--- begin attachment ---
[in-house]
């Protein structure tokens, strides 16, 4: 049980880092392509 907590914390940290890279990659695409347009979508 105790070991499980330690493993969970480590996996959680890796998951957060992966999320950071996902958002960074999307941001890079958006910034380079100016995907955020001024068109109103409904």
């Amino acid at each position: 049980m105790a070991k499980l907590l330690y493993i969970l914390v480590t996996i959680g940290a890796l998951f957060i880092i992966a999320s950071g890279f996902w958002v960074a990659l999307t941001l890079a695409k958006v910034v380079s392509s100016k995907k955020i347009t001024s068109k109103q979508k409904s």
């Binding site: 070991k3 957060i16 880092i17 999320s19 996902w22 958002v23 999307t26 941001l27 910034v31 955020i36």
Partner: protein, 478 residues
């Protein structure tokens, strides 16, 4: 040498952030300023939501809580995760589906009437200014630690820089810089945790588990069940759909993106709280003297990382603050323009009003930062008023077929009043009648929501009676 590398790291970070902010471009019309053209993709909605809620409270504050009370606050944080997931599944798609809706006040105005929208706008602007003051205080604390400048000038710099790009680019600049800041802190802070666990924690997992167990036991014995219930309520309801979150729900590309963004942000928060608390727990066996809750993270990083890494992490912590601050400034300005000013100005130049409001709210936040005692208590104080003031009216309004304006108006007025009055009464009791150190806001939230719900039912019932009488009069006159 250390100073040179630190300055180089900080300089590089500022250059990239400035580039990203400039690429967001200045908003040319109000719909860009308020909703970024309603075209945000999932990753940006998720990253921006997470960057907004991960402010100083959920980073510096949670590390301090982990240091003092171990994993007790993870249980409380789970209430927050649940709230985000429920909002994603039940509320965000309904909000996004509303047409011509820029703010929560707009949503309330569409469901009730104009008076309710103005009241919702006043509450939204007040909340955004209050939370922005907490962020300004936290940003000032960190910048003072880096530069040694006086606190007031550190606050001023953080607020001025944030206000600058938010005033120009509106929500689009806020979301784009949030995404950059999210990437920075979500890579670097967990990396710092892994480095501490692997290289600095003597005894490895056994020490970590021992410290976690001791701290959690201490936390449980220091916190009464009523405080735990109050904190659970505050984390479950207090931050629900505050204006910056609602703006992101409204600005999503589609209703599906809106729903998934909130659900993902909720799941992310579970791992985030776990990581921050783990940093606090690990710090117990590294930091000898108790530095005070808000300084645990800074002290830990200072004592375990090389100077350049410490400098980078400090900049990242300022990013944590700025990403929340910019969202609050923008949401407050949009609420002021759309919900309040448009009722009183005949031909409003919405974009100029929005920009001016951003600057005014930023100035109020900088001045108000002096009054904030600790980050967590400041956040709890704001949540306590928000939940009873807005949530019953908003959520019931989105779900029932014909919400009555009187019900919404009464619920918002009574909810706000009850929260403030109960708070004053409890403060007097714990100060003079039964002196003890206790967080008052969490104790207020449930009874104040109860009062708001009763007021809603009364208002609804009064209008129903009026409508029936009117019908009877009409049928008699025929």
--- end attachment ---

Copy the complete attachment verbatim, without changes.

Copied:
[in-house]
């Protein structure tokens, strides 16, 4: 049980880092392509 907590914390940290890279990659695409347009979508 105790070991499980330690493993969970480590996996959680890796998951957060992966999320950071996902958002960074999307941001890079958006910034380079100016995907955020001024068109109103409904």
């Amino acid at each position: 049980m105790a070991k499980l907590l330690y493993i969970l914390v480590t996996i959680g940290a890796l998951f957060i880092i992966a999320s950071g890279f996902w958002v960074a990659l999307t941001l890079a695409k958006v910034v380079s392509s100016k995907k955020i347009t001024s068109k109103q979508k409904s």
């Binding site: 070991k3 957060i16 880092i17 999320s19 996902w22 958002v23 999307t26 941001l27 910034v31 955020i36």
Partner: protein, 478 residues
């Protein structure tokens, strides 16, 4: 040498952030300023939501809580995760589906009437200014630690820089810089945790588990069940759909993106709280003297990382603050323009009003930062008023077929009043009648929501009676 590398790291970070902010471009019309053209993709909605809620409270504050009370606050944080997931599944798609809706006040105005929208706008602007003051205080604390400048000038710099790009680019600049800041802190802070666990924690997992167990036991014995219930309520309801979150729900590309963004942000928060608390727990066996809750993270990083890494992490912590601050400034300005000013100005130049409001709210936040005692208590104080003031009216309004304006108006007025009055009464009791150190806001939230719900039912019932009488009069006159 250390100073040179630190300055180089900080300089590089500022250059990239400035580039990203400039690429967001200045908003040319109000719909860009308020909703970024309603075209945000999932990753940006998720990253921006997470960057907004991960402010100083959920980073510096949670590390301090982990240091003092171990994993007790993870249980409380789970209430927050649940709230985000429920909002994603039940509320965000309904909000996004509303047409011509820029703010929560707009949503309330569409469901009730104009008076309710103005009241919702006043509450939204007040909340955004209050939370922005907490962020300004936290940003000032960190910048003072880096530069040694006086606190007031550190606050001023953080607020001025944030206000600058938010005033120009509106929500689009806020979301784009949030995404950059999210990437920075979500890579670097967990990396710092892994480095501490692997290289600095003597005894490895056994020490970590021992410290976690001791701290959690201490936390449980220091916190009464009523405080735990109050904190659970505050984390479950207090931050629900505050204006910056609602703006992101409204600005999503589609209703599906809106729903998934909130659900993902909720799941992310579970791992985030776990990581921050783990940093606090690990710090117990590294930091000898108790530095005070808000300084645990800074002290830990200072004592375990090389100077350049410490400098980078400090900049990242300022990013944590700025990403929340910019969202609050923008949401407050949009609420002021759309919900309040448009009722009183005949031909409003919405974009100029929005920009001016951003600057005014930023100035109020900088001045108000002096009054904030600790980050967590400041956040709890704001949540306590928000939940009873807005949530019953908003959520019931989105779900029932014909919400009555009187019900919404009464619920918002009574909810706000009850929260403030109960708070004053409890403060007097714990100060003079039964002196003890206790967080008052969490104790207020449930009874104040109860009062708001009763007021809603009364208002609804009064209008129903009026409508029936009117019908009877009409049928008699025929």